I just haven’t been able to get this letter out of my mind. Would it be too personal if I asked how your family has responded? I have little hope that my own extended family will ever understand why I’m so upset at this election.

    1. Hi Teresa — thank you for your comment!

      I appreciate the interest in how things have turned out, and I totally relate to feeling hopeless. To be honest, I’m still debating about whether I’ll write a follow up post, given how this one has been received. Without getting into too many details (some people weren’t thrilled that I’ve aired their dirty laundry and “shamed” the family), I will say the outcome has been extremely painful all around.

      Luckily, I’ve been blessed to have a core group of supporters, including several aunts, cousins, and my mother, upon whom I’ve relied heavily to be my crying pillows and verbal punching bags, and they’ve taken it all in stride, quite phenomenally. In fact, I was encouraged by some of them to email this letter to the extended family, since it was my genuine desire to attempt to foster constructive dialogue and build a sense of community and togetherness at least for our family unit. Unfortunately, aside from my support group, I was met with responses that basically amounted to:

      – Outrage toward the single incident that I’d mentioned involving one of my uncles, and nothing else.
      – A slew of direct replies requesting one-on-one or one-on-few meetings with me, which went directly against my attempt at a family-wide conversation.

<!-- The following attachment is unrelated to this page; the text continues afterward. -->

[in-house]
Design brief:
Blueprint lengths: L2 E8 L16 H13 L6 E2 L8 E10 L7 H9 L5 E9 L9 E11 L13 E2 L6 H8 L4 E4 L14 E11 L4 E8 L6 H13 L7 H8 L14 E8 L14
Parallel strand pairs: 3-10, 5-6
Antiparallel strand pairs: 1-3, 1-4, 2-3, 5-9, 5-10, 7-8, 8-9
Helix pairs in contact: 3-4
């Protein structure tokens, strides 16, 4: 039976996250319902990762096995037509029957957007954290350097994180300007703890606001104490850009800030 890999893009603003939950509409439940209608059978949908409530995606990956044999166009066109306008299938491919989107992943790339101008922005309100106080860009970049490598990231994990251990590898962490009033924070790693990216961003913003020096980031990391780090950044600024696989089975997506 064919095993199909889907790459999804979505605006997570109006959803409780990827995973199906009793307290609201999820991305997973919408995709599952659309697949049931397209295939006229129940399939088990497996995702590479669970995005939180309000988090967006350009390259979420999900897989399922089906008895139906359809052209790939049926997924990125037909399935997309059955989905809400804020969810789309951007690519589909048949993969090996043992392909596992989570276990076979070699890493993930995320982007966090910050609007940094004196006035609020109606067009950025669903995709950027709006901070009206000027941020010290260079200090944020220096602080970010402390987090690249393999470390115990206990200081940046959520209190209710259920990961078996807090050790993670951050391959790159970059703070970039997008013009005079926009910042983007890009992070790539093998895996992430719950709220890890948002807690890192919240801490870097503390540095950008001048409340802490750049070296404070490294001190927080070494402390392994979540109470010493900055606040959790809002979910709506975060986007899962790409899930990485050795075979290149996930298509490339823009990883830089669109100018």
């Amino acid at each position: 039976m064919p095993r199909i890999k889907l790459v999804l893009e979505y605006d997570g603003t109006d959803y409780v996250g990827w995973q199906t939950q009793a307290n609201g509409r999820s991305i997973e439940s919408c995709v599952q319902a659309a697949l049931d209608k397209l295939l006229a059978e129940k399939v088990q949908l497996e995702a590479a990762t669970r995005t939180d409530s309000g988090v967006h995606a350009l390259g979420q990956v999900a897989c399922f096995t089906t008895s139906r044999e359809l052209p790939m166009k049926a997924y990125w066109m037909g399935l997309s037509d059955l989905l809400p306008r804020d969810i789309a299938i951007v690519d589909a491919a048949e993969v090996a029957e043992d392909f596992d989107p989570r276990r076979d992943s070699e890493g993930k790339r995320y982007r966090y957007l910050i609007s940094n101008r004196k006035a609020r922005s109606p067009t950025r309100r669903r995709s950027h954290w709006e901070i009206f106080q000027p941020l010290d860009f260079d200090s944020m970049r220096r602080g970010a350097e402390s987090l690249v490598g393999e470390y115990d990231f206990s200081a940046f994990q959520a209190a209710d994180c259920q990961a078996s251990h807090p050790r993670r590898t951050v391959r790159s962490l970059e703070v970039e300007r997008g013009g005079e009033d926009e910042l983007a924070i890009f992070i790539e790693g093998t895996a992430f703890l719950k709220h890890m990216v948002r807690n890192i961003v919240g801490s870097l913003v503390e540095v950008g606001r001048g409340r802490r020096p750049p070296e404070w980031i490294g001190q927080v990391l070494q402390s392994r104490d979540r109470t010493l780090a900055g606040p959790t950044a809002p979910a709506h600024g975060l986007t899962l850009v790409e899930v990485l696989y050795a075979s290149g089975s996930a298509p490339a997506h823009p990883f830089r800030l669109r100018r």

– A fixation on politics and desire to either justify their voting choice or be offended that I think they’d voted for Trump, even after I expressly called out in my email that politics wasn’t the point, and I was including people I knew didn’t vote for Trump because I wanted to have a conversation as a family about how we would unite to acknowledge and fight against the increased risk of social and political oppression of at-risk groups.

      Overall, it seems no matter how I try or have tried to express myself and communicate my pain and fears, I’ve found most people are either unwilling to move past feeling attacked or judged by me, and/or incapable of practicing empathy for my point of view, even as they demand nothing less of me.

      OK, that was a bit more detailed of a response than I had planned, and I’m sorry it’s not more positive or hopeful… the only other thing I’ll say is that to be fair to them, I haven’t yet actually engaged in a dialogue with everyone who’s replied to me, or even given myself a real chance to process through it all.

      I tried to use my Thanksgiving vacation as a time to unwind and take a breather from it all, with the intent of coming back to the conversation when I got back home. But then, the day I returned, I ended up in the ER with a really bad injury, and I’ve been focused on my recovery ever since. So, I really haven’t given this issue the attention it deserves. However, a direct result of the fallout from this letter is that I’ve decided that I will not be attending the family’s traditional Christmas Eve dinner, which is now bringing these conversations back to the surface. I will continue to try to communicate my heart, but I have to be mentally and emotionally prepared to do so, and I came to the realization that Christmas is a time for celebration and joy, two things I would not be able to experience if I were to attend a family gathering at this time.

      I do continue to hope that we’ll all heal — my family and our nation — and I hope that you’ll find strength and comfort in the knowledge that you’re not alone as you attempt to navigate the fallout of this election.

      Warm wishes,

      1. Teresa Cole · ·

        Thank you so much for your reply. It was a beautifully written letter and I thought fairly gentle and tactful, especially under the circumstances. I guess I was hoping it would make people think a little. I’m so glad you have some support among your family.